Warm Monday, Cool Tuesday with a Dash of Rain, Mild Wednesday

Monday – Wednesday, October 9 – 11, 2017.


4:45 PM Monday shows storms forming to the south of the Lawrence area, then blowing off to the northeast over the local area and weakening.


5:45 PM image one hour later shows the rapid movement of the storms.  Over an inch fell at the Emporia Airport from the storms.


The sun sets toward the horizon as seen from the Clinton Lake Dam Monday evening.  Thunderstorms that formed over southeast Kansas Monday afternoon moved northeastward over the Lawrence area Monday evening.  The cooler air over the local area, north of an advancing cold front, cut off the surface-based heat and instability source, so the storms lost energy rapidly.  The formerly robust storms could only muster a bit of lightning and trace amounts to a few hundredths of an inch of rain around sunset in the Lawrence area.



The best overall depiction of the sky condition that I captured on this outing.  Just a few drops were coming out of the sky but, surprisingly, there was still occasional lightning and rolls of thunder.  Plenty of gulls in the sky, too.  


Zooming in at Mound Overlook from the dam.. a couple of people are seen gazing at the view to the left of the tree on top while gulls fly overhead.


Gulls fritter about as the sun attempts a final showing Monday evening.



Monday morning 500 MB showing approaching upper trough crossing the Rockies.


Monday evening 500 MB shows the upper trough advancing toward the area, continuing to dig southeastward.  The high in Lawrence was 78 and the low 46 on Monday with a trace of precipitation up to 7 PM.


By Tuesday morning the system is moving across Kansas, but not much precipitation yet.  An average of 0.01 has fallen in Lawrence from the dissipating thunderstorms of the previous evening shortly after 7 PM.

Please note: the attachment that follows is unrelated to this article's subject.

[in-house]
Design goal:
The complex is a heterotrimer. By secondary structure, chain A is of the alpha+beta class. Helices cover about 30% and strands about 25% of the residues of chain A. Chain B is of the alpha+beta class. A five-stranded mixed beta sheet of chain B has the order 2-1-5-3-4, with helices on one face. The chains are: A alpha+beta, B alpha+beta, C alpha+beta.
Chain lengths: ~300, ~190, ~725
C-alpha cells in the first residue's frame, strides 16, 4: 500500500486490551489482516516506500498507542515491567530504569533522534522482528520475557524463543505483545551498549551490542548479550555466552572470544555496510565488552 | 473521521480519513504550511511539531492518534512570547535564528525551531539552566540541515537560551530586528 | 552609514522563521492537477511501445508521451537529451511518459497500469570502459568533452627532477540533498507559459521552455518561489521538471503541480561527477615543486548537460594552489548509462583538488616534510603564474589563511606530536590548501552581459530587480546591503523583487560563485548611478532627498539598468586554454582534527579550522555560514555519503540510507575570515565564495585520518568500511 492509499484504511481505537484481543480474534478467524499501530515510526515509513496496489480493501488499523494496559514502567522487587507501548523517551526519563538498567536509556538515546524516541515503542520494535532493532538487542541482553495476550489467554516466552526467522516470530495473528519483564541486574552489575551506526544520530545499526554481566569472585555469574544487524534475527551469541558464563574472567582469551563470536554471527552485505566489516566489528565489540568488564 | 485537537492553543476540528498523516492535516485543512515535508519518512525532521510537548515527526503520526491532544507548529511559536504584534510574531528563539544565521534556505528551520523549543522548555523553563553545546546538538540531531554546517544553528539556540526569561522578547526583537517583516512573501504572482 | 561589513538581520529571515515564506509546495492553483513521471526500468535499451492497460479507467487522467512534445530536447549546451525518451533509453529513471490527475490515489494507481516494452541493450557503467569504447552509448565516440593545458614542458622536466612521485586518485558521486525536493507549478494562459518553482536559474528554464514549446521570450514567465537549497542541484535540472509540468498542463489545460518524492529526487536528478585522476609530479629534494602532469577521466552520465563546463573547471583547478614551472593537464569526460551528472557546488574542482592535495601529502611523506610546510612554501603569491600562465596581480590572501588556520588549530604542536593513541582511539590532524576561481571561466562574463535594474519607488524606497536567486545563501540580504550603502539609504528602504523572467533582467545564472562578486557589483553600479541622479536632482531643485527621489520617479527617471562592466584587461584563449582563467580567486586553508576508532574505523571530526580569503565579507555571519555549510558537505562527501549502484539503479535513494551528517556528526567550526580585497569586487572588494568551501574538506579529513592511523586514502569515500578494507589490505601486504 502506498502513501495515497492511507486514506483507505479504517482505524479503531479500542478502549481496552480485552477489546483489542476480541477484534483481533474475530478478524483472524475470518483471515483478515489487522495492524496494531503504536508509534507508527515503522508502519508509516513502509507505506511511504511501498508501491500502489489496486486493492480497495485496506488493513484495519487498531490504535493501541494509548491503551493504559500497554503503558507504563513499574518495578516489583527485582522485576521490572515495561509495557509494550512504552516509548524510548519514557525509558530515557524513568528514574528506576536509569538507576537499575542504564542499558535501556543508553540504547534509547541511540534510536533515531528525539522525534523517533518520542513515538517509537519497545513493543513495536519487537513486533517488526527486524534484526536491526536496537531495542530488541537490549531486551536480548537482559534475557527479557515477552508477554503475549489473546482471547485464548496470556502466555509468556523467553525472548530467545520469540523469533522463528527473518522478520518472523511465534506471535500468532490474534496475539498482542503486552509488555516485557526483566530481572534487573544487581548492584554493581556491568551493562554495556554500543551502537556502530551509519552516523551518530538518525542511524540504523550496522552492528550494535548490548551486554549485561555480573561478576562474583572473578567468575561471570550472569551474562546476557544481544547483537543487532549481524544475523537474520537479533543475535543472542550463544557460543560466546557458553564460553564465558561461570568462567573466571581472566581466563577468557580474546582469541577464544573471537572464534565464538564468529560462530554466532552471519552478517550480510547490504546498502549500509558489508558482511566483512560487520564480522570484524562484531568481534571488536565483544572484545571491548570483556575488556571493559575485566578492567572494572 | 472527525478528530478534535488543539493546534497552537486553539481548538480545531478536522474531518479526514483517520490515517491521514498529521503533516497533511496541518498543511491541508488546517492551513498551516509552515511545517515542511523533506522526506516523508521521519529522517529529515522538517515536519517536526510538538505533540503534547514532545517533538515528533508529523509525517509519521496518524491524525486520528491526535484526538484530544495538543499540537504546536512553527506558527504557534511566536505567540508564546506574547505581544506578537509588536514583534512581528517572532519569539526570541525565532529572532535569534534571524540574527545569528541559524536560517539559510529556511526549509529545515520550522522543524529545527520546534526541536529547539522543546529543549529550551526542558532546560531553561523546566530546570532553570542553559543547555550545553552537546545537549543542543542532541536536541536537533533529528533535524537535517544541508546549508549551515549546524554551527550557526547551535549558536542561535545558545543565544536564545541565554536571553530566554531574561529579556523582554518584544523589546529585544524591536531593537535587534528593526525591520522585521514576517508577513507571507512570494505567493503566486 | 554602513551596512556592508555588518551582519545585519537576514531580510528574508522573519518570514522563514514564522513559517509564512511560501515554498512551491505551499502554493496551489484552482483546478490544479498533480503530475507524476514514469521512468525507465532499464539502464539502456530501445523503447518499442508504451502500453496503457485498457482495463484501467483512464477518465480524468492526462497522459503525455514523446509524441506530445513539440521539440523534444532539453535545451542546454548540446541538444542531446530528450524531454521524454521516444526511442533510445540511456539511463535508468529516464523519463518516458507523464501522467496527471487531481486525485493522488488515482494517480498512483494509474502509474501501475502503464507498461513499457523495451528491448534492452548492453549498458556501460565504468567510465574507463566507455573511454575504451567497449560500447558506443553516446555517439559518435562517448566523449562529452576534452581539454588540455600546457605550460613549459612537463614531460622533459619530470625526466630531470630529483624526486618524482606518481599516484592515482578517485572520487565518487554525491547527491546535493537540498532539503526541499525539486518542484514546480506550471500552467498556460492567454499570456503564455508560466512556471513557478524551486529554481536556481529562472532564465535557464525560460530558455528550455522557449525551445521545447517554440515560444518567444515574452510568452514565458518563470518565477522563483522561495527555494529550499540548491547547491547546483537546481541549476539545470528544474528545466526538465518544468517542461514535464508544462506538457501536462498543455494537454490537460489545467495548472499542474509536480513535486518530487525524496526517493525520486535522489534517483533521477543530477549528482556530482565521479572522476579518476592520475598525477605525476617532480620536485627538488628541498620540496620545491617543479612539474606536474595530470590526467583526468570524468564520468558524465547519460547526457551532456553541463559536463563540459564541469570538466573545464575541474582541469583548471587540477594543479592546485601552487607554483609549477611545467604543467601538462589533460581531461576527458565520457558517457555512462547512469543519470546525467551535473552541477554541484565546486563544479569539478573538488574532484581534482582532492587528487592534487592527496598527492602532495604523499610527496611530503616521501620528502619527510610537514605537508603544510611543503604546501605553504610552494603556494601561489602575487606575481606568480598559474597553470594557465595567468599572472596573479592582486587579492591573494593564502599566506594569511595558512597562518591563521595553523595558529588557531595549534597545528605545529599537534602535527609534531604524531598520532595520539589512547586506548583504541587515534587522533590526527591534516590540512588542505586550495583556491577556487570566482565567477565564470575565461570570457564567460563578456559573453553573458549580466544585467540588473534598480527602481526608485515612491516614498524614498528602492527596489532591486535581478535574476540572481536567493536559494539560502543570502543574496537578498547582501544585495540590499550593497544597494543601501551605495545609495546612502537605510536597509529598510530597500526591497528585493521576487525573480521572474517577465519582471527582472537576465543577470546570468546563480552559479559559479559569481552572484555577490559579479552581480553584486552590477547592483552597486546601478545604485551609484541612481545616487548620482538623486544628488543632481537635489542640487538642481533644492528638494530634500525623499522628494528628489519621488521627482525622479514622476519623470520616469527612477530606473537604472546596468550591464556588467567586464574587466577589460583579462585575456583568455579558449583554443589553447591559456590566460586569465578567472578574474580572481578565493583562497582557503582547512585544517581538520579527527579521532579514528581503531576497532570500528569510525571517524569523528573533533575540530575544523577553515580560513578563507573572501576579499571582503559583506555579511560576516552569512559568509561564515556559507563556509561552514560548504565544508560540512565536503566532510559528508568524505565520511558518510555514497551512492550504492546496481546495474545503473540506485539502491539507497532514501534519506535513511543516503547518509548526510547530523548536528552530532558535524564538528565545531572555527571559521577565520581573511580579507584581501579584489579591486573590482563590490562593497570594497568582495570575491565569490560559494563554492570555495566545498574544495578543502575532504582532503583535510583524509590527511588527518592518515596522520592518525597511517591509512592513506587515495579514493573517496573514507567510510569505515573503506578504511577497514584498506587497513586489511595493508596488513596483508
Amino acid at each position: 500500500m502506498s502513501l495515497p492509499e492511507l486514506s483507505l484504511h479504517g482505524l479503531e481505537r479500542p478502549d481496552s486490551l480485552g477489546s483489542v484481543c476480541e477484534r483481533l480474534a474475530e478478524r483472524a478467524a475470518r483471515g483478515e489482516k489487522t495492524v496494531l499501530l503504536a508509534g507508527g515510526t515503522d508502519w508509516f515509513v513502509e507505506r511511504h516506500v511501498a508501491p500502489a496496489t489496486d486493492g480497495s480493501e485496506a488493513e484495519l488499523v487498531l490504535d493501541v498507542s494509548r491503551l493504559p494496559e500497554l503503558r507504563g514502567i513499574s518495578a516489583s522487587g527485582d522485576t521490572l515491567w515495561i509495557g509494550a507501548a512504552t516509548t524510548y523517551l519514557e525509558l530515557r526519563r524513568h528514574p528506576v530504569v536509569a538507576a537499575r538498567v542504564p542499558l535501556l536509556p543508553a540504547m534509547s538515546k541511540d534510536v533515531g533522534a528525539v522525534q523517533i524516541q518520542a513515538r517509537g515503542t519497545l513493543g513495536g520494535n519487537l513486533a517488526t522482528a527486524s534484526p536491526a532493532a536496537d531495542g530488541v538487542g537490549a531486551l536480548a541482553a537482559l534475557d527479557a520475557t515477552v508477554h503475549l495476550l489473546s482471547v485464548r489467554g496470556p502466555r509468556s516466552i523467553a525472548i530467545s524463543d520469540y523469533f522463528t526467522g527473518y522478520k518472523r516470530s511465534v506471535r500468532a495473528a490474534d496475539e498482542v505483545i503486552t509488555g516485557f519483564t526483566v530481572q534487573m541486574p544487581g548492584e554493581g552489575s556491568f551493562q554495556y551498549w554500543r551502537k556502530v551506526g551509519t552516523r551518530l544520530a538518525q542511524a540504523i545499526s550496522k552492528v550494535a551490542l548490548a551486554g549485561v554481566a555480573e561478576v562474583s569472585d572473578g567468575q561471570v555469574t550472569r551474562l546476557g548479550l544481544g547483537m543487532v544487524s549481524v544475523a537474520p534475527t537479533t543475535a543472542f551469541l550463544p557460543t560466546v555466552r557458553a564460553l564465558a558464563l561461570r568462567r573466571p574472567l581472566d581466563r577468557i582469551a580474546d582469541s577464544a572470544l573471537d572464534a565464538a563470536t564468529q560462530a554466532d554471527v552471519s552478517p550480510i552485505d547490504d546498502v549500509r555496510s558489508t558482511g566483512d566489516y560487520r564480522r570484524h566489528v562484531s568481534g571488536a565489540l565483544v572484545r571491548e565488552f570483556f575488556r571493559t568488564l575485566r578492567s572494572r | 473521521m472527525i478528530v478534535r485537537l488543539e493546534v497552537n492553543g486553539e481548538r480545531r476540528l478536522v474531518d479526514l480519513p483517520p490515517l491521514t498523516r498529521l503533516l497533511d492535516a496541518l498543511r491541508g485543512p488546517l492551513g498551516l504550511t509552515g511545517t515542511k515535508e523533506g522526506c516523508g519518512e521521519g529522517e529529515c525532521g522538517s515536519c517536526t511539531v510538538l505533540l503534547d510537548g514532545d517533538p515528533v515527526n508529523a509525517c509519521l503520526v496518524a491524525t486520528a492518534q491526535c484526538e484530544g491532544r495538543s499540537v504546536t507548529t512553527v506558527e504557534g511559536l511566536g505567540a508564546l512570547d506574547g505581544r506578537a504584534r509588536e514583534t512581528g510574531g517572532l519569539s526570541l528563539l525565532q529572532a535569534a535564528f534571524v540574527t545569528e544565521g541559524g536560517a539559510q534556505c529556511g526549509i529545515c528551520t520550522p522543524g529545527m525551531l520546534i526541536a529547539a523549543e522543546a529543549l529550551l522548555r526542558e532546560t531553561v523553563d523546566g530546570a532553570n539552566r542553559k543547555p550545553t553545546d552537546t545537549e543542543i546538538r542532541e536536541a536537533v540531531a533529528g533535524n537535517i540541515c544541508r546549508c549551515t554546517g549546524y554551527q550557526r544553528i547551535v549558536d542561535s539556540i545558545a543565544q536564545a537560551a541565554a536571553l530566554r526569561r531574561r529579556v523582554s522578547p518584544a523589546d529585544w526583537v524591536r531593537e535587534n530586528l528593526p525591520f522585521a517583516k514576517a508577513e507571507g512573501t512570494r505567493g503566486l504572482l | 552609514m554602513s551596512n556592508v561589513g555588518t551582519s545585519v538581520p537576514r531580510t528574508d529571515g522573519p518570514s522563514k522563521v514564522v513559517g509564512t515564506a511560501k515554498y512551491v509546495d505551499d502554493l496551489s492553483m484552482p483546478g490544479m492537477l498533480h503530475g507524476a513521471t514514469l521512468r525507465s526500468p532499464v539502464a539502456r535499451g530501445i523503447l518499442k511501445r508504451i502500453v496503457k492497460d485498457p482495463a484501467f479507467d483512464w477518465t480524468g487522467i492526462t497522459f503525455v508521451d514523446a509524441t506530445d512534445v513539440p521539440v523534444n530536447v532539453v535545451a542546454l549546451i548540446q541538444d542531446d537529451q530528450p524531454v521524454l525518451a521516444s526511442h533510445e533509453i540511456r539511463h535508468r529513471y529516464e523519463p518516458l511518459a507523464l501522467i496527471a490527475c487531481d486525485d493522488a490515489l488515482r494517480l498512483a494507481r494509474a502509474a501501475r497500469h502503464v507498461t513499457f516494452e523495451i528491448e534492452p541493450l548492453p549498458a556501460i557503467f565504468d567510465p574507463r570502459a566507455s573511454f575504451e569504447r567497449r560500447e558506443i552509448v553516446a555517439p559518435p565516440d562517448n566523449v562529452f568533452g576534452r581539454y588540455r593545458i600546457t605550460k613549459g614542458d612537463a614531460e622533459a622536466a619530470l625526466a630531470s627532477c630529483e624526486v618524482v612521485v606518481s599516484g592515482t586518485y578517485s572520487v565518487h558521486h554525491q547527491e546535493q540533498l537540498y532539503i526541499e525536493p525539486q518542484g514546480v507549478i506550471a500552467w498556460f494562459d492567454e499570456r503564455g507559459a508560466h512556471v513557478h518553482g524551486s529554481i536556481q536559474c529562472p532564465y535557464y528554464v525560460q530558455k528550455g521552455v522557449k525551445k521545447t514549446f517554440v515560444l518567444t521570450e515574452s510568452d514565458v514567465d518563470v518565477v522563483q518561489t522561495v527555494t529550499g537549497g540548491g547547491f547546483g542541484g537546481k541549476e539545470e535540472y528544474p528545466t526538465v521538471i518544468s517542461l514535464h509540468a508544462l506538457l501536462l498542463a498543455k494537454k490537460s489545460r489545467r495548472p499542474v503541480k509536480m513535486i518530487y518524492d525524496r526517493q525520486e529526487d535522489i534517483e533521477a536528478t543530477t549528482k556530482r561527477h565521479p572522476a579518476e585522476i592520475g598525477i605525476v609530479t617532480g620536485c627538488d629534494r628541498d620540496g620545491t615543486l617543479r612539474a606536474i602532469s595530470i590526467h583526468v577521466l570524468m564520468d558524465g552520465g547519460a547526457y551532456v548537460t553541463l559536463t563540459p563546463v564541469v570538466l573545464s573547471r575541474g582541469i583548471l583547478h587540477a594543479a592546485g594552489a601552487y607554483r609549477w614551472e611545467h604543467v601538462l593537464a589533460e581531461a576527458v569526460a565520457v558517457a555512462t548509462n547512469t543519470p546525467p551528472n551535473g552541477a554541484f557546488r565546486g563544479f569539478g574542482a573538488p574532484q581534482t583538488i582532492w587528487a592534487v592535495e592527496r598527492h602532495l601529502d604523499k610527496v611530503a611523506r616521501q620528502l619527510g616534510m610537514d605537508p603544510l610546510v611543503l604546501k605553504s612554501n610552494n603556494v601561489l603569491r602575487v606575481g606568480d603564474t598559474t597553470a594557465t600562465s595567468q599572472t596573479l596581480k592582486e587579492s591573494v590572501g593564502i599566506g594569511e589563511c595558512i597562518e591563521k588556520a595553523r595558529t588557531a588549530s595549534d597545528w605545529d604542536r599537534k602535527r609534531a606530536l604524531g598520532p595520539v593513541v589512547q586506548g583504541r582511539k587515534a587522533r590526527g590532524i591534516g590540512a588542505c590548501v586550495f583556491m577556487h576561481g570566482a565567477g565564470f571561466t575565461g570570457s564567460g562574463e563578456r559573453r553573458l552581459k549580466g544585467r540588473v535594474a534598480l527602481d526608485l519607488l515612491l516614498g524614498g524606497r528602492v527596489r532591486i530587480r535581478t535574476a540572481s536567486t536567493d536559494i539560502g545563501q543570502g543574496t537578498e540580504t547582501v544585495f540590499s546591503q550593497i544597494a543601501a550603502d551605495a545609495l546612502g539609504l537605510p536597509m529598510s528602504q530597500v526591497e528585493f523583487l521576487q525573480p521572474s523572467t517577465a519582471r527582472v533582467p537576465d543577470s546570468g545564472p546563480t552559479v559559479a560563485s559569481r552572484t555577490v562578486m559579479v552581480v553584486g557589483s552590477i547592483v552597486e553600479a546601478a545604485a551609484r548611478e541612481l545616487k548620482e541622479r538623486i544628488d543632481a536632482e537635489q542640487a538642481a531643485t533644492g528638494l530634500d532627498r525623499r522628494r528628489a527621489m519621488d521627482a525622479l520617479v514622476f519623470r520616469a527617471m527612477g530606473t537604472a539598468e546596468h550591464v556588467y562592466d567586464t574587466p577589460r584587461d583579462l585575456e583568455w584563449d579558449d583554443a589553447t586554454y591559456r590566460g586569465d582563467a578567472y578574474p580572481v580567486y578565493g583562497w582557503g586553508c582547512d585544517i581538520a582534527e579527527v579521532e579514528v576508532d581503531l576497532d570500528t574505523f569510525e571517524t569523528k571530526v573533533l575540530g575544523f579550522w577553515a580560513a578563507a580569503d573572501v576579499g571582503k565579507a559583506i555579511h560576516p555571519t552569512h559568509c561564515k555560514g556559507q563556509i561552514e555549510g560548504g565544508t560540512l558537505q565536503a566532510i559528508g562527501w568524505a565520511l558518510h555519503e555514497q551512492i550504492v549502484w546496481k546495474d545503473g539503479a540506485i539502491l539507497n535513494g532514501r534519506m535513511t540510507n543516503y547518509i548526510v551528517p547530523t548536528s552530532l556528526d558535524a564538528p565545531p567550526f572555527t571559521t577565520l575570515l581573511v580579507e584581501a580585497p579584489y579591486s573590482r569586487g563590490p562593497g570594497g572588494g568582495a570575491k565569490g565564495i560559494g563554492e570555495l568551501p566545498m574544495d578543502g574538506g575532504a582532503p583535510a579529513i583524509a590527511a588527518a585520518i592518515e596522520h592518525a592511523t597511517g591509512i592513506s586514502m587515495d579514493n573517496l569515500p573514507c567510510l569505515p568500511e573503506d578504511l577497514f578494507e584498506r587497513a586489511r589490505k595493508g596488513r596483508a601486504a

Tuesday at 9:45 AM – Looks like it ought to to something but so far the main rainfall has been in southeast Kansas to Missouri, but new showers are forming associated with the upper low across eastern Kansas as seen with the higher-topped clouds to our west.  It is cloudy with a cool north breeze, but rain so far for the day amounts to nothing in Lawrence area.


To the west at 9:45 AM Tuesday, a new snow pattern over the Rockies and parts of the adjacent high plains.  An area of fog is over the Gunnison Valley.



The 1:45 PM image shows our hour-long shot of rain, which crossed the Lawrence area from about 1 to 2 PM.  I recorded 20 hundredths of an inch in the event, plus 0.01 the previous evening from the sunset sprinkles.  The Lawrence city average for the event was 20 hundredths, while the Lawrence Airport recorded 16 hundredths from the event (0.01 Monday evening and 0.15 with the early afternoon rain shot).



By early afternoon a lot of the high plains snow has already melted and the Gunnison Valley fog is gone.


The Tuesday evening (Oct 10) 500 MB shows the system moving off to our east.  The day was cool, cloudy and breezy.  The high of 53 occurred at the start of the day CST (1 AM CDT).  The low was 45 which which occurred between 1:15 PM and 3:30 PM, associated with the early afternoon rainfall.  By the end of the day the temperature had risen slightly to 47 degrees.  The next upper trough starts to dig down the west coast.


Wednesday morning, Oct 11th, 500 MB chart.  Clouds are still wrapping around us.  The next system continues digging due south along the west coast.


At 9:45 AM the low clouds retreat to the east and the sun breaks out with clear sailing out west.   The morning low at the airport was 43 while the afternoon high under sunny skies reached 64.  At my residence the low was 46 where the temperature sat through the overnight hours, while the high touched 69 degrees from 5:15 to 5:30 PM.


New trough out west starts to move inland and set to bring the next dry wind event to the California coast – and a mild and dry southwest flow for Kansas for the next few days.


At 9 PM CDT (7 PM Pacific) ominous looking pressure gradient across northern and central California associated with the upper trough now starting to dig into the Great Basin (500 MB chart above).  This is going bringing another Diablo wind event to northern California tonight and Thursday – just what they do not need there.  The pressure gradient is tightening up across the high plains, too.  This portends warm temps and breezy south winds for the next day or two for Kansas.

Leave a Reply

Fill in your details below or click an icon to log in:

WordPress.com Logo

You are commenting using your WordPress.com account. Log Out / Change )

Twitter picture

You are commenting using your Twitter account. Log Out / Change )

Facebook photo

You are commenting using your Facebook account. Log Out / Change )

Google+ photo

You are commenting using your Google+ account. Log Out / Change )

Connecting to %s